Police say a Tunisian living in France drove a large truck Thursday night through crowds celebrating Bastille Day along the famed promenade in the southern French city. The slaughter ended only after police killed the armed attacker in a hail of bullets.

8:25 p.m.

Al-Azhar, Sunni Islam's pre-eminent institution for religious learning, has denounced the truck attack in Nice that killed at least 84 people.

Chaired by Sheikh Ahmed al-Tayyab, Al-Azhar's statement on Friday described the attack as "hideous" and stressed that such "terrorist, coward actions are disapproved by the tolerant teachings of Islam."

The statement urged international coordination to combat terrorism, and "rescue the world from its evils."

Egypt's Grand Mufti Shawki Allam also condemned the Nice attack, saying the perpetrators of such attacks "have followed the footsteps of the devil, shed blood, and terrorized" innocent people.

Egyptian President Abdel-Fattah el-Sissi has extended his deepest sympathies to President Francois Hollande and the people of France for "the abhorrent terrorist attack in the French city of Nice."

8:20 p.m.

A spokesman for a San Diego law school with a summer program in Nice says U.S. Supreme Court Justice Clarence Thomas left the city about 12 hours before Thursday's truck attack that killed at least 84 people.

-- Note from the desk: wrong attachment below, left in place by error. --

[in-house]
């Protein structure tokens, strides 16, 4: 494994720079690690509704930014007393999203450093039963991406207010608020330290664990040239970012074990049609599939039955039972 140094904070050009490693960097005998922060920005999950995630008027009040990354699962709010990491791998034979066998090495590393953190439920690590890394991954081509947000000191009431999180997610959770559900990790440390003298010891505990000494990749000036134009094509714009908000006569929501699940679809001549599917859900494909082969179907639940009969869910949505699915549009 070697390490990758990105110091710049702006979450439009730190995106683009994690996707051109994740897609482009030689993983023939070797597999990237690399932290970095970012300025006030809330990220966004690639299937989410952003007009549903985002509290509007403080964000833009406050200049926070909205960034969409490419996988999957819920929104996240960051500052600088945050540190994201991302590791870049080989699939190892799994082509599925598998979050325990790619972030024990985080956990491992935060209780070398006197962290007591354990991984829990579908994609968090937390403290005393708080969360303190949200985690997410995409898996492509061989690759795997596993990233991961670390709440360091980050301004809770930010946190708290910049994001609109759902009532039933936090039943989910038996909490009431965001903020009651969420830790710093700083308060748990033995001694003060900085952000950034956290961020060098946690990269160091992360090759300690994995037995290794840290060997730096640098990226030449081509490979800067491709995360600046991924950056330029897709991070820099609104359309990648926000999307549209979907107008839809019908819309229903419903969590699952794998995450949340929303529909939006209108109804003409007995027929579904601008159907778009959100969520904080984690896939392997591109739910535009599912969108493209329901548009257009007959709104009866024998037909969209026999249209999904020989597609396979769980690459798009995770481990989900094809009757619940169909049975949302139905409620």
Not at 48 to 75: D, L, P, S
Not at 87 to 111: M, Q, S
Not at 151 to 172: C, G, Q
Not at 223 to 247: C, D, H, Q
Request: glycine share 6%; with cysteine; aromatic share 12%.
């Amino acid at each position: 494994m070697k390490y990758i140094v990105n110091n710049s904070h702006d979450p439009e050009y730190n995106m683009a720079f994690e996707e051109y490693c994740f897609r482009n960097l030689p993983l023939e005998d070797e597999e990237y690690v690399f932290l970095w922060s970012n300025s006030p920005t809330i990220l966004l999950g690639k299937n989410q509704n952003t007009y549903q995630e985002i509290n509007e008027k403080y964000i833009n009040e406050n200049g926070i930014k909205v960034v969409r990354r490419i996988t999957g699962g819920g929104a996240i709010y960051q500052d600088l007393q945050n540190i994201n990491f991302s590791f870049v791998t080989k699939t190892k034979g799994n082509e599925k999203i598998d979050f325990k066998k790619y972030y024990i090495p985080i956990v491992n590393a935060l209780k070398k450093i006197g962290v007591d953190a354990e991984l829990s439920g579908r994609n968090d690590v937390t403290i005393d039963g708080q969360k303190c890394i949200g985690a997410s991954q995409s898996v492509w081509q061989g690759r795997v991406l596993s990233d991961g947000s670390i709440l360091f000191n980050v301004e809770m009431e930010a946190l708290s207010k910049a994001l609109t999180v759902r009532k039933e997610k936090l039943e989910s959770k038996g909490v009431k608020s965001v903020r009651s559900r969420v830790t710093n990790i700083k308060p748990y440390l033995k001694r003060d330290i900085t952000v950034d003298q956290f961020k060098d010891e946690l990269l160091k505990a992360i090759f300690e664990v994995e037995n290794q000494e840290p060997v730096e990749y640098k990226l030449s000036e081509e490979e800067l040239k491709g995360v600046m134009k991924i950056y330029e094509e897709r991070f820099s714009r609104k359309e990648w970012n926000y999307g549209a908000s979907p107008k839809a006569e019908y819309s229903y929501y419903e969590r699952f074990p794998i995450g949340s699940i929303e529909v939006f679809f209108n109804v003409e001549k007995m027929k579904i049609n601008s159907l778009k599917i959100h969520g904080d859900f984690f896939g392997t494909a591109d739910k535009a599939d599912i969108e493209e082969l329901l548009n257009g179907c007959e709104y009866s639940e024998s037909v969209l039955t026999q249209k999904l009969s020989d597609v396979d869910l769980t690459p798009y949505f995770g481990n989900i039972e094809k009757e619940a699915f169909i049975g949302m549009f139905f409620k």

Thomas Jefferson School of Law spokesman Edgar Hopida says Thomas was teaching a class as part of the school's summer program in Nice. Hopida says the 68-year-old justice left on a flight Thursday morning.

Hopida says the 50 or so students, faculty and staff in the Nice program are accounted for and safe.

Thomas agreed to participate in the program in place of Justice Antonin Scalia after Scalia's death in February.

7:25 p.m.

President Barack Obama has ordered flags at U.S. government facilities, including embassies and consulates abroad, to be flown at half-staff for the next four days in memory of the victims of the truck attack in Nice, France.

In a presidential proclamation issued by the White House on Friday, Obama ordered the flags to be lowered until sunset on Tuesday.